KEEPING Â£ 100 a month could leave your child with a whopping Â£ 39,000 windfall by the time they turn 18.
If you’re thinking of giving your child a head start in life with a wad of cash, we describe how to take your savings further depending on where you plan to put your money.
It comes as teens across the country tear up their brown envelopes to see what A-level results they’ve received, as thousands of parents dig in their pockets to help send their child to college.
The Sun asked Hargreaves Lansdown to calculate how much money you would end up with using five different saving methods.
They are: putting your money in a jar, using a Halifax Junior Savings Account, Barclays Junior Savings Account, Halifax Cash Junior Savings Account and Junior Individual Savings Account (JISA).
Hiding your money in a JISA means you could end up with Â£ 38,929, while just hoarding it will leave you with Â£ 21,600 – Â£ 17,329 less.
However, while it looks like you can save a lot more by using a JISA, it is important to note that you are risking your money more.
While there are cash JISAs that pay a fixed rate of interest, a stock and equity JISA will invest in funds and the stock market.
This means that there is no guarantee of making any money and you might get back less than what you invested.
It’s also important to compare rates to see where you can get the best deal – using a comparison site like Uswitch can help you.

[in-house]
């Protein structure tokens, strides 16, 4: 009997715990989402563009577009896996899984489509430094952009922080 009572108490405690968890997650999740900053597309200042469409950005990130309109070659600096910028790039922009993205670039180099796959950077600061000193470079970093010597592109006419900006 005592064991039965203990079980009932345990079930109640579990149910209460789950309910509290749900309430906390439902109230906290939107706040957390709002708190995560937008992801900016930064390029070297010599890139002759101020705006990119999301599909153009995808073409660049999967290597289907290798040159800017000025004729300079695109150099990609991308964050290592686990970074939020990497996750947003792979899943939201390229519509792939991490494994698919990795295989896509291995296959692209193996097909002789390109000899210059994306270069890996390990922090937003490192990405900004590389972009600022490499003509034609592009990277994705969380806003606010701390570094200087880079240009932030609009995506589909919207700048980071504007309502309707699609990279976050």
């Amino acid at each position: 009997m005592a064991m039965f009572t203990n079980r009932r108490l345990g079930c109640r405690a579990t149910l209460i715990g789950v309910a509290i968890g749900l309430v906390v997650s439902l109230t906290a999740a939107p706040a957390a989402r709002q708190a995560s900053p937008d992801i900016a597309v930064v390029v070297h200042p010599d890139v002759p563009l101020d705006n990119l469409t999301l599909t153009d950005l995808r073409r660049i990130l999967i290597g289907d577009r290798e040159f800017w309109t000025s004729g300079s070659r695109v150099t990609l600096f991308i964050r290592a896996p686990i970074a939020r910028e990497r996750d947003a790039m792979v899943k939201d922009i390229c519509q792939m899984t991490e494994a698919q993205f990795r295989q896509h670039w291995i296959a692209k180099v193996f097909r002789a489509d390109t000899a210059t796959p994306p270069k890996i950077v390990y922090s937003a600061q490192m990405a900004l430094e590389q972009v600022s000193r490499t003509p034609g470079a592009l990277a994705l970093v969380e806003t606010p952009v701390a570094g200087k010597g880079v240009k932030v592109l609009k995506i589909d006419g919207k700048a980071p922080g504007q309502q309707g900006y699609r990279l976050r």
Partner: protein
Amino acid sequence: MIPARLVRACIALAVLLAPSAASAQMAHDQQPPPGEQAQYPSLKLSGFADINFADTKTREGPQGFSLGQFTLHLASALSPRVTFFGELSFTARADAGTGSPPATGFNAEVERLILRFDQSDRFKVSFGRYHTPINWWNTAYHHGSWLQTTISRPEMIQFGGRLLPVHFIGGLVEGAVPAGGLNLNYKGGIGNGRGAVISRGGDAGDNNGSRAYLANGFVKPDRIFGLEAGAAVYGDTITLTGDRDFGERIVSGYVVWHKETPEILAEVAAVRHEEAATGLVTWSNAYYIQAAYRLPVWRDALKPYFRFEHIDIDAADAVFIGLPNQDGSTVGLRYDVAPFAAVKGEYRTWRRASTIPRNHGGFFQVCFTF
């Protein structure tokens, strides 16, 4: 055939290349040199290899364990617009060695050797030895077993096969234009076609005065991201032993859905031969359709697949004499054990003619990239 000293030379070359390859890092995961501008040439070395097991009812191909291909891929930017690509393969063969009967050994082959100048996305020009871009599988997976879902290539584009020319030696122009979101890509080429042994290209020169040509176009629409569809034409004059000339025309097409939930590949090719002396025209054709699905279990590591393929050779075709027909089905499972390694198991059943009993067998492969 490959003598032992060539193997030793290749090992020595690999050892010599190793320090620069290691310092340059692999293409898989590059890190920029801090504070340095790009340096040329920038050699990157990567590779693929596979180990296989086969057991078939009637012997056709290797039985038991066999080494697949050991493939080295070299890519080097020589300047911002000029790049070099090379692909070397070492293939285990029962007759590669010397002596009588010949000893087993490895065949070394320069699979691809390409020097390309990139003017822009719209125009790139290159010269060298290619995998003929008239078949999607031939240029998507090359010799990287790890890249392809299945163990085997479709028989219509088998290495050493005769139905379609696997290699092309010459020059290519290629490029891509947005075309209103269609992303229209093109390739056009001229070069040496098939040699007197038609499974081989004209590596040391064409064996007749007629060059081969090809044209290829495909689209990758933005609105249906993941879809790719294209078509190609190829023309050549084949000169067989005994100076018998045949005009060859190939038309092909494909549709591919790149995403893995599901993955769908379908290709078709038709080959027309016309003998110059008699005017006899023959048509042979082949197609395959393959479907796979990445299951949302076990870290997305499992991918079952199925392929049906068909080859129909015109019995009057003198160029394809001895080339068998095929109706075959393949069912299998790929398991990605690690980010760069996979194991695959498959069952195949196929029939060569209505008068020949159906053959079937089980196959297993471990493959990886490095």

In a jar – Â£ 21,600
Just putting Â£ 100 in cash aside each month ‘in a jar’, or into a 0% interest rate bank account, will leave you with Â£ 21,600 by the time your child turns 18.
This is because your money earns no interest.
However, that does mean that it can be handed over to your child more easily – or be easily accessible in an emergency.
Halifax Children’s Savings Account – Â£ 22,521
According to Hargreaves Lansdown personal finance analyst Sarah Coles, putting your money in a Halifax Junior Savings Account will leave you with a windfall of Â£ 22,521 by the time your child turns 18.
You can earn 1% AER on balances from Â£ 1 to Â£ 5,000.
However, the rate drops when you go over Â£ 5,000 – then you’ll earn 0.1% on any extra money you save beyond that point.
Barclays Children’s Savings – Â£ 23,775
If you put your money in a Barclays Children’s Savings Account, then you’ll end up with Â£ 23,775 after 18, Sarah said.
You can earn 1.51% interest on your balance if it is between Â£ 1 and Â£ 10,000.
However, once your balance goes over Â£ 10,000, that rate goes down and you will get 0.01% on all money saved beyond that point.
Halifax Junior Cash ISA – Â£ 26,123
Junior cash ISA – What are the best rates?
BANKS and mortgage companies offer cash accounts that pay an interest rate which can be fixed or variable.
You want to look for accounts that offer 2% more because they are the best.
At present, Darlington Construction Company and Bath construction company both pay the maximum rate of 2.5% and you can open an account either by post or at a branch. You can open an account with Â£ 1.